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Silviculture Resources

Growing Resilient Forests

Forests are the single greatest tool we have to sequester carbon on a large scale to mitigate the effects of climate change. But, what if forests are themselves not able to cope with the effects of climate change?

The Wabanaki-Acadian Forest Region has been extensively degraded through centuries of intensive land-use and forestry practices. Over the years, these practices have yielded a landscape that is patchy, relatively young and suffers from a lack of diversity. A degraded forest’s lack of diversity reduces its ability to securely sequester carbon and can become a source of emissions, rather than reductions — that’s why Community Forests International is helping restore more resilient forests.

Common Ground Events & Workshops

Over 80,000 rural forest owners in New Brunswick, Nova Scotia, and Prince Edward Island collectively manage over 4.2 million hectares (40%) of Canada’s critically endangered Wabanaki-Acadian Forest. Together, we believe these citizen forest owners can achieve globally significant greenhouse gas reductions and locally significant climate adaptation outcomes.

We know that many family forest owners face several barriers to taking climate action with forests including access to knowledge, expert and community role models, and practical tools. That’s where we come in.


Check out our upcoming events & workshops
Two women measuring the width of a large tree trunk.

Change in the Acadian Forest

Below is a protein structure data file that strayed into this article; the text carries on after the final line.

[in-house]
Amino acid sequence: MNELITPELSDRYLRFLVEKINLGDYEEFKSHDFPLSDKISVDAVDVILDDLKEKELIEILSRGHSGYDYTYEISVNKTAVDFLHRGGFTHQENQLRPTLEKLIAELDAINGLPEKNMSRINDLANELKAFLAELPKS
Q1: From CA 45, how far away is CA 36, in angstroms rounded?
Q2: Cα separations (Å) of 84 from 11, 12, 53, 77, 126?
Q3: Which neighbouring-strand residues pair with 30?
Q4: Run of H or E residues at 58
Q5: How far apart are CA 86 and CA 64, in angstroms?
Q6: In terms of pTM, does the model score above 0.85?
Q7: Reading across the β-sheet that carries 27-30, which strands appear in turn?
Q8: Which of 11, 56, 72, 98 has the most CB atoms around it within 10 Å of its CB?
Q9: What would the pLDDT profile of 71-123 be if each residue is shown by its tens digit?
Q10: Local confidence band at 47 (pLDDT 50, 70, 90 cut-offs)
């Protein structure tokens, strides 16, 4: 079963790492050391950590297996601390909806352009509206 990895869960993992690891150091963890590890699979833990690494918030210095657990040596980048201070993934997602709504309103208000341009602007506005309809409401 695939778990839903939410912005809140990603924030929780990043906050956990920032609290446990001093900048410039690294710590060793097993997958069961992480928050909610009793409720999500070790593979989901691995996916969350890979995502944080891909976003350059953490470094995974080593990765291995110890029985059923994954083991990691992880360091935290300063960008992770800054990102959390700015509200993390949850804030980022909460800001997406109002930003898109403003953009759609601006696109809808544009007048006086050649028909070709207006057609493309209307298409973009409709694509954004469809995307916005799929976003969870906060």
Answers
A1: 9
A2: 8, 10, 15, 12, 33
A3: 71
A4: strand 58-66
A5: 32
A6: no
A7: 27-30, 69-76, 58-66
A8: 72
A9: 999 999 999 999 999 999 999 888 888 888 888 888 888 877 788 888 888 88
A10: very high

As climates in the Wabanaki-Acadian Forest Region become generally warmer and wetter, so too do growing conditions for tree species. Many cold-adapted boreal species will no longer find this region hospitable. As Wabanaki forests have been transformed to be more like the Boreal Forest, the Maritimes’ forests are less resilient to these changes and will suffer further.

Community Forests International is working to protect the remaining Wabanaki-Acadian forests, restore climate change-resilient species, and adapt these forests for long-term community and climate benefits. Through sharing our learnings and resources, we hope to inspire and support others to do the same.


Megan de Graaf

Megan, our Forest Ecologist and Forest Program Director, leads our climate-adaptive silviculture work. She works tirelessly to support other forestry professionals and organizations across New Brunswick to integrate climate adaptation into their forest management.

Dani Miller

Our Forest Program Coordinator, Dani, is developing our forest ecological database while developing tools and resources to support the 80,000 family forest owners across the Maritimes to adopt climate-smart forest management practices on their lands.

A photo of staff member Dani Miller.

Craig Tupper

Our Forest Program Manager, Craig, is a Registered Professional Forester in Nova Scotia and has worked in several roles across government, industry, and private woodlot stewardship for close to two decades, including most recently in forest operations, planning, and landowner engagement. He has been deeply involved in many advocacy, landowner, and professional organizations throughout the forestry sector.

Tools & Resources

In collaboration with silviculturalist Gareth Davies and the New Brunswick Federation of Woodlot Owners, we have created a series of tools and resources to support forestry professionals to manage forests to prioritize climate change resilient forests. Check out the resources developed to date: